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A Dietary Feedback System for the Delivery of Consistent Personalized Dietary Advice in the Web-Based Multicenter Food4Me Study

Lookup NU author(s): Dr Carlos Celis Morales, Professor John Mathers, Professor Lorraine Brennan

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This work is licensed under a Creative Commons Attribution 4.0 International License (CC BY 4.0).


Abstract

Background: Despite numerous healthy eating campaigns, the prevalence of diets high in saturated fatty acids, sugar, and salt and low in fiber, fruit, and vegetables remains high. With more people than ever accessing the Internet, Web-based dietary assessment instruments have the potential to promote healthier dietary behaviors via personalized dietary advice.Objective: The objectives of this study were to develop a dietary feedback system for the delivery of consistent personalized dietary advice in a multicenter study and to examine the impact of automating the advice system.Methods: The development of the dietary feedback system included 4 components: (1) designing a system for categorizing nutritional intakes; (2) creating a method for prioritizing 3 nutrient-related goals for subsequent targeted dietary advice; (3) constructing decision tree algorithms linking data on nutritional intake to feedback messages; and (4) developing personal feedback reports. The system was used manually by researchers to provide personalized nutrition advice based on dietary assessment to 369 participants during the Food4Me randomized controlled trial, with an automated version developed on completion of the study.Results: Saturated fatty acid, salt, and dietary fiber were most frequently selected as nutrient-related goals across the 7 centers. Average agreement between the manual and automated systems, in selecting 3 nutrient-related goals for personalized dietary advice across the centers, was highest for nutrient-related goals 1 and 2 and lower for goal 3, averaging at 92%, 87%, and 63%, respectively. Complete agreement between the 2 systems for feedback advice message selection averaged at 87% across the centers.Conclusions: The dietary feedback system was used to deliver personalized dietary advice within a multi-country study. Overall, there was good agreement between the manual and automated feedback systems, giving promise to the use of automated systems for personalizing dietary advice.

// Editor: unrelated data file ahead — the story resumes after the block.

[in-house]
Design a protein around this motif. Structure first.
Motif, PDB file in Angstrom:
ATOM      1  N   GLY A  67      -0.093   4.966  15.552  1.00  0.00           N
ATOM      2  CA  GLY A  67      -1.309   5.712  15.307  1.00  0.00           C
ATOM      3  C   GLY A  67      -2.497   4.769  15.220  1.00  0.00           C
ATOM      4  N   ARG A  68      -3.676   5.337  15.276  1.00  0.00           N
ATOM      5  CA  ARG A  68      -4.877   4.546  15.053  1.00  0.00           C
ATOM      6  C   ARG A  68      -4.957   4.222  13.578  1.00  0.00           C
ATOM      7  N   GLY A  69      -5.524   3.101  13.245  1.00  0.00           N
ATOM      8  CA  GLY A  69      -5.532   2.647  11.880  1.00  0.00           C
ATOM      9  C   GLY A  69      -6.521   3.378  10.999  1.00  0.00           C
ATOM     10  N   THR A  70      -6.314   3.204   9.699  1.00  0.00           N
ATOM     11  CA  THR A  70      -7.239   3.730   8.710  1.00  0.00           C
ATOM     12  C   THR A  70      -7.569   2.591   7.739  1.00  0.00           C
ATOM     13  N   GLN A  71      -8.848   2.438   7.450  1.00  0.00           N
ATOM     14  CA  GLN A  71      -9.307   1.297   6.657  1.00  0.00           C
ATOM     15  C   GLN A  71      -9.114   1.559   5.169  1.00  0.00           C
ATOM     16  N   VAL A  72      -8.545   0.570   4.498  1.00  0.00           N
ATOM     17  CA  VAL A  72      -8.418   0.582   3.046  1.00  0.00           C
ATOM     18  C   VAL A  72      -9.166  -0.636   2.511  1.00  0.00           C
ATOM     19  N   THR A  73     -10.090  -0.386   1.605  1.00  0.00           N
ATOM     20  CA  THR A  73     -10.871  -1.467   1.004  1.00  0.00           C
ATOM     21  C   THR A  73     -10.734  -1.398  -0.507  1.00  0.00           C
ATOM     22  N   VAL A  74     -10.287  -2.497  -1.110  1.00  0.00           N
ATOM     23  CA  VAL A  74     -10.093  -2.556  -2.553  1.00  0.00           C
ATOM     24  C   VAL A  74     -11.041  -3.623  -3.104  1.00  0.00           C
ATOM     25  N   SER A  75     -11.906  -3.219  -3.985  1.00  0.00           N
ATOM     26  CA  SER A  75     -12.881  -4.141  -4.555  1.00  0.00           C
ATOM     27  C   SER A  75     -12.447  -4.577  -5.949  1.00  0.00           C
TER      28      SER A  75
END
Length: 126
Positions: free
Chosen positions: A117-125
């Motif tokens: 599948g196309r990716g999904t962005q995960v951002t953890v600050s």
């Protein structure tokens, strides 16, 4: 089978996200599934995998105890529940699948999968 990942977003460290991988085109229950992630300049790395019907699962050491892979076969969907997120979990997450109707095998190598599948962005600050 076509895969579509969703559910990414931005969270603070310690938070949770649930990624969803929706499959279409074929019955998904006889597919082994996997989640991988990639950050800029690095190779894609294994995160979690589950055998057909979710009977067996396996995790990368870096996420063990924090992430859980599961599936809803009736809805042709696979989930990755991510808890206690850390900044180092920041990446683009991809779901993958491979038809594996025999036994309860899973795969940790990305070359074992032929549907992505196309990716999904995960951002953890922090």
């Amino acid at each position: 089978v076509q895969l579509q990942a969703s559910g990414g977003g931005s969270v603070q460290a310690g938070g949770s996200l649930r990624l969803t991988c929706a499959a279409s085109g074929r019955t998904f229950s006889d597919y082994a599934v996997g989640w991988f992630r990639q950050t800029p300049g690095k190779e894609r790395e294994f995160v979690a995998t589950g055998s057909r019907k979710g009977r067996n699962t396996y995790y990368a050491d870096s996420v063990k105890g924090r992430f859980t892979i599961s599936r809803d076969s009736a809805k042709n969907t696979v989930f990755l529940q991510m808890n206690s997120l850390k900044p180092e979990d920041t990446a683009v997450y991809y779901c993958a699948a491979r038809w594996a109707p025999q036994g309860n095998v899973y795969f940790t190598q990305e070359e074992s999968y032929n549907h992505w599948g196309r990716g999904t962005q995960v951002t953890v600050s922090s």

Publication metadata

Author(s): Forster H, Walsh MC, O'Donovan CB, Woolhead C, McGirr C, Daly EJ, O'Riordan R, Celis-Morales C, Fallaize R, Macready AL, Marsaux CFM, Navas-Carretero S, San-Cristobal R, Kolossa S, Hartwig K, Mavrogianni C, Tsirigoti L, Lambrinou CP, Godlewska M, Surwillo A, Gjelstad IMF, Drevon CA, Manios Y, Traczyk I, Martinez JA, Saris WHM, Daniel H, Lovegrove JA, Mathers JC, Gibney MJ, Gibney ER, Brennan L

Publication type: Article

Publication status: Published

Journal: Journal of Medical Internet Research

Year: 2016

Volume: 18

Issue: 6

Pages: 174-189

Online publication date: 30/06/2016

Acceptance date: 04/04/2016

Date deposited: 01/11/2016

ISSN (print): 1439-4456

ISSN (electronic): 1438-8871

Publisher: JMIR Publications, Inc.

URL: http://dx.doi.org/10.2196/jmir.5620

DOI: 10.2196/jmir.5620


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